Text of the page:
Congress may (or may not, more likely) act over the next two and a half years to keep some parts of the TCJA. Don’t depend on that, though. There may well be new, pricier tax brackets and other rules that Research Triangle taxpayers (especially wealthier ones) should start planning for now. 

So, how can you get ready?

Tax brackets

Maybe it didn’t always feel like it in recent years, but the Tax Cuts and Jobs Act tax rates were more generous than their predecessors… and those pre-2017 rates are returning. 

Without Congressional action, the highest tax rate will jump from 37% back to 39.6%. Among other brackets, it’s estimated that 24% will go to 28%, 22% to 25%, and 12% to 15%. The 10% tax bracket won’t change. 

If you’re well-heeled enough you might also have to worry about the Alternative Minimum Tax (AMT), another levy on high earners that got curtailed by the TCJA but will be headed back up in 2026. Start planning to minimize things like incentive stock options, private activity bond interest, foreign tax credits, passive income and losses, and net operating loss deductions as we get closer to 2026.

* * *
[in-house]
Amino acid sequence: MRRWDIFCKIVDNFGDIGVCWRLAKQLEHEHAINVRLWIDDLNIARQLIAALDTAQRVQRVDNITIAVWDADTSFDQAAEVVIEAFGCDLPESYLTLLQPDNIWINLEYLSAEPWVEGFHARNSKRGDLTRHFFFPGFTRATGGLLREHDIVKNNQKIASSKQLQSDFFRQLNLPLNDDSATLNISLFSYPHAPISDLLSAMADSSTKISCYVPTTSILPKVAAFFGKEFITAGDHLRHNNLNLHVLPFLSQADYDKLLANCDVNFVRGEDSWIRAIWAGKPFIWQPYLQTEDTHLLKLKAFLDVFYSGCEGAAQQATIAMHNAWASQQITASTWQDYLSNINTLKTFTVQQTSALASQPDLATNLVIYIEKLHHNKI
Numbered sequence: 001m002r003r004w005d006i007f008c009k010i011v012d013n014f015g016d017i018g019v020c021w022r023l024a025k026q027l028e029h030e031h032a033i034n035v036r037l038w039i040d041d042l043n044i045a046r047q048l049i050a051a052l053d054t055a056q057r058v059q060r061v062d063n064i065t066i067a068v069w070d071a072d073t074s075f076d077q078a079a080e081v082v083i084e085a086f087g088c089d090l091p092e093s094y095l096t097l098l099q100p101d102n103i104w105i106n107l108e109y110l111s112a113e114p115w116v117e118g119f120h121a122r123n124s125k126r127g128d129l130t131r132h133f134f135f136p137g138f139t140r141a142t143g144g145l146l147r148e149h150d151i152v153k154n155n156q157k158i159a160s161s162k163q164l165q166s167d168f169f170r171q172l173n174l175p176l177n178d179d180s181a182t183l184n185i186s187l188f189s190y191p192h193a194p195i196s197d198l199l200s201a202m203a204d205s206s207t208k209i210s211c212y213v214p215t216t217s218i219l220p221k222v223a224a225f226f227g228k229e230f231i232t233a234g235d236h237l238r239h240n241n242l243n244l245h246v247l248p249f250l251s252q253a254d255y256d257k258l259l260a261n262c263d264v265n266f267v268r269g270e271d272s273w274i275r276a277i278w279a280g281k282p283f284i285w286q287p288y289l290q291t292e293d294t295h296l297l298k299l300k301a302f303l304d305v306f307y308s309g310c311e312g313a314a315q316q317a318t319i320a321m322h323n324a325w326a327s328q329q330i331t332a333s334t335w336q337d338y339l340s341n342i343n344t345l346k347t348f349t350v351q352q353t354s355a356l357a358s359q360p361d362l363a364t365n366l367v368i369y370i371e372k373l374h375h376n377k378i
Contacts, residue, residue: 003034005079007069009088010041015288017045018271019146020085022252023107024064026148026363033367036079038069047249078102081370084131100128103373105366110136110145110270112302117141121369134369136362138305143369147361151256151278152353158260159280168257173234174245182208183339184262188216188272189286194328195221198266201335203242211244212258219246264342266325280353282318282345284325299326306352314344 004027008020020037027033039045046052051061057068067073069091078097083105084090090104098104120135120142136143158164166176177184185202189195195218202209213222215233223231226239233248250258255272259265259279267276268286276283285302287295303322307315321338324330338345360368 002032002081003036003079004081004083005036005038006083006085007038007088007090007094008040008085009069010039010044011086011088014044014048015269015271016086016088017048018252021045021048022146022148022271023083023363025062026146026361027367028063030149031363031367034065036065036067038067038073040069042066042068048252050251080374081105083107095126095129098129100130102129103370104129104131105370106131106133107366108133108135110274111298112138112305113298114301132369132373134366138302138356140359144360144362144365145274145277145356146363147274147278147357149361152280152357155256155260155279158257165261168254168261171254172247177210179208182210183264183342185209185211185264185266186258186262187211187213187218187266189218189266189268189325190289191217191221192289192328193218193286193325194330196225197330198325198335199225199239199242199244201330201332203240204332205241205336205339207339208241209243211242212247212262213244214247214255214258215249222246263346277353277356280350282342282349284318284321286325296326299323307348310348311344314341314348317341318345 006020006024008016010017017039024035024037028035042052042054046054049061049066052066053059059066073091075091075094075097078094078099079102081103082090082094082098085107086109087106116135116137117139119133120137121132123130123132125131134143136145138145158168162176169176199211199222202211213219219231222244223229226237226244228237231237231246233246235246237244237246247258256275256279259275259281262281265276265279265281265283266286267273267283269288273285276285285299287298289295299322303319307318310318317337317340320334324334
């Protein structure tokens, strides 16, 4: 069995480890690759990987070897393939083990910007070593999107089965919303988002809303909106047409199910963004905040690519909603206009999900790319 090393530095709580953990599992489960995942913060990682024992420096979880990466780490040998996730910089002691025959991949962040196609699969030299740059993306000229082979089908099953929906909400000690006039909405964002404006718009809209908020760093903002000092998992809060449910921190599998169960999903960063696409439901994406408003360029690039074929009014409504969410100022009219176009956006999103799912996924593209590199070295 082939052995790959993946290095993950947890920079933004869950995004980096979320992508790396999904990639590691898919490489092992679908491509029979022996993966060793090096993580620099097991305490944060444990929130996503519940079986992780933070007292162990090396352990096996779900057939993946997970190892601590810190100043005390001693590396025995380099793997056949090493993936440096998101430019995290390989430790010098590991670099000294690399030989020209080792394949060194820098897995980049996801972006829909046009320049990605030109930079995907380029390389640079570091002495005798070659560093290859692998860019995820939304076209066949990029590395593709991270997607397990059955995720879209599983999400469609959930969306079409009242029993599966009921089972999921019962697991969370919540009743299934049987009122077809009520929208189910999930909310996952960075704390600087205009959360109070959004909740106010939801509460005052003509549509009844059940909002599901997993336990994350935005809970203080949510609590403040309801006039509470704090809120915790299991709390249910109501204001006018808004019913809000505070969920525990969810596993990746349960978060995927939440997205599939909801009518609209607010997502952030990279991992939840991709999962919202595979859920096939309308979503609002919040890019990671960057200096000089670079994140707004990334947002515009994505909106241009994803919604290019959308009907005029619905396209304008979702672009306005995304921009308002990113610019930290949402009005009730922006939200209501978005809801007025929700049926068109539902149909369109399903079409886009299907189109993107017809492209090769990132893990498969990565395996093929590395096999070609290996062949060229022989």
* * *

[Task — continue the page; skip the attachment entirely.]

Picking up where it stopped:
Also, the TCJA unhooked the tax-rate income thresholds for capital gains and dividend income from the tax brackets for taxpayers with higher incomes. In 2026, long-term capital gains (LTCG) taxes on the profit you make from the sale of assets that you’ve held longer than a year will also once again be tied to your income tax bracket: 0% LTCG if you’re in the 10% and 15% bracket; 15% LTCG if you’re in the 25%, 28%, 33%, and 35% bracket; and 20% LTCG if you’re in the 39.6% bracket.